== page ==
When Louis B. Mayer, head of Metro-Goldwyn-Mayer (MGM), set out to create what would become the Academy of Motion Picture Arts and Sciences, he wasn’t thinking of an awards ceremony celebrating the hard work of the people who made Hollywood.
The reason for the creation of the Academy was a more nefarious one. Mayer had two goals in mind…
- Restore the image of Hollywood to the public.
At the time, public perception of Hollywood was at a low. Scandals were running wild as stories of drug-fueled parties, sexual escapades, and cold-blooded murder were constantly being printed in the media. Mayer and his colleagues wanted the Academy to act as a sort of public relations organization that would constantly send the message to the public that Hollywood was a wholesome place where dreams were coming true, and everyone was having a great time.
- Block the need for “talent” (the actors, directors, and writers) to unionize after studio laborers and the studios were about to sign the first Studio Basic Agreement with IATSE and other unions in 1926.
To the studio heads and producers, the business was running like a well-oiled machine. The studios would have talent sign a standard contract, talent would do exactly as told, the movies were made, put into the market, and the revenue and profits belonged solely to the studios. The idea that talent could ask for pensions, health benefits, or a cut of profits shook them to their core.
Thus, the Academy of Motion Picture Arts and Sciences was born in January of 1927 (at the time called the International Academy of Motion Picture Arts and Sciences). The Academy, acting as a company-controlled union, was now the organization that would handle all labor problems and negotiations at the studios.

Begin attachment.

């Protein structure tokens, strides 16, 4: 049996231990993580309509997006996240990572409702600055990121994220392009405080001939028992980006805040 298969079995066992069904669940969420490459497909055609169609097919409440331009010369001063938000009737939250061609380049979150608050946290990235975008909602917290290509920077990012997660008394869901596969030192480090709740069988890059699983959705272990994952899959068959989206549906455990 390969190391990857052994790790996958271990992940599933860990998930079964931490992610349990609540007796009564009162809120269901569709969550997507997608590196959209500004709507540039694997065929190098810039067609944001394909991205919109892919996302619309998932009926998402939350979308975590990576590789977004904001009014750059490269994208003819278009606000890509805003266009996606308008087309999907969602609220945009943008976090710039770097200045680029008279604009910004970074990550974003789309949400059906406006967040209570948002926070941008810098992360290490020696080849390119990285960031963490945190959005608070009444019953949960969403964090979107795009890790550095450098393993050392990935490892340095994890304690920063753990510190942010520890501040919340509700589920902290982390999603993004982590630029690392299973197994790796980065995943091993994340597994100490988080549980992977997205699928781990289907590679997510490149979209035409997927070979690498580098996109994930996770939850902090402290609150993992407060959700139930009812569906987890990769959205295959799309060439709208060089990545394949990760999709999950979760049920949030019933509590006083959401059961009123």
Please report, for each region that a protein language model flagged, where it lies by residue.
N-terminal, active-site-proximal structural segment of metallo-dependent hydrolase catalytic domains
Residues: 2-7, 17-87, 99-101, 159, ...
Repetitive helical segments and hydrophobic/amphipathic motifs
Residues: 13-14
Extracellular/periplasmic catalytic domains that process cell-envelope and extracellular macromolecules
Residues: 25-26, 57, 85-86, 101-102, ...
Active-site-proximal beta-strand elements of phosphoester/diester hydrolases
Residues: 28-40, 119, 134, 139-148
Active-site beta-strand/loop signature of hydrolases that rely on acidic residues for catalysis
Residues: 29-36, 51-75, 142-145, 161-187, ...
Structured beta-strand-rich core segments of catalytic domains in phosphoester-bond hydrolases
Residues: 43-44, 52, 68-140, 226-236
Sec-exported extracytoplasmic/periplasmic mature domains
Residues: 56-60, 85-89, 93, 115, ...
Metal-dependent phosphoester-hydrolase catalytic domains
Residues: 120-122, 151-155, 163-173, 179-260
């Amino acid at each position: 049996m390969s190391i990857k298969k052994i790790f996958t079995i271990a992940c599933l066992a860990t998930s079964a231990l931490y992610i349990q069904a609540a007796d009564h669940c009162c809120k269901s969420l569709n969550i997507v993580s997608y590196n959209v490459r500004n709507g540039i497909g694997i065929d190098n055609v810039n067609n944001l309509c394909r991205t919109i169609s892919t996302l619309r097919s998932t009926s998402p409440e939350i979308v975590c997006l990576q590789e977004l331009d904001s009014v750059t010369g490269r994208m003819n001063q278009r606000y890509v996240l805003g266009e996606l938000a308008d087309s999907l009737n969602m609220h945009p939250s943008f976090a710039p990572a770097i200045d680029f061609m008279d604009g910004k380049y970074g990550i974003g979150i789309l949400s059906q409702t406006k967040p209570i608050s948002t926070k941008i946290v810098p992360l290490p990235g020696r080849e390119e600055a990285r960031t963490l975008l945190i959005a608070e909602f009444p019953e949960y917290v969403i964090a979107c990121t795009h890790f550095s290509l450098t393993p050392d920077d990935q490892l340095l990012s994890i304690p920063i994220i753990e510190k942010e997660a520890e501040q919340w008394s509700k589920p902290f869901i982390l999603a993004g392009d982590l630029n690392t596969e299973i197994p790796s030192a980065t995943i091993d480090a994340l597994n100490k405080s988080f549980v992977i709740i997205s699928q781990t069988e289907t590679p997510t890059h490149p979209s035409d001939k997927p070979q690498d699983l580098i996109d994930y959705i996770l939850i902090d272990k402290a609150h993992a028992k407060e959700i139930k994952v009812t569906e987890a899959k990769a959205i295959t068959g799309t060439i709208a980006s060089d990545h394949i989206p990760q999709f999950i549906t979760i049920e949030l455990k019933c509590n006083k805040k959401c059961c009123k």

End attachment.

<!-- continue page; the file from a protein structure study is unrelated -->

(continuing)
However, this plan to block the unionization of talent didn’t last long. During the Labor Movement of the 1930s, the Screen Actors Guild and Screen Writers Guild were established as direct opposition to the Academy. These new Guilds urged their members to not only boycott the Oscars, now a prestigious ceremony hosted by the Academy, but to resign from the Academy completely.
This boycott from the unions was nearly the collapse of the Academy. To save the organization, then-president of the Academy, director Frank Capra, announced that the Academy would no longer handle any union business, including negotiations, and that would now be the responsibility of the unions. This made it so that the Academy’s biggest duty was the Oscars.
In true Hollywood happy ending fashion, company-controlled unions were outlawed in 1935 and talent was unionized by the later part of the 1930s.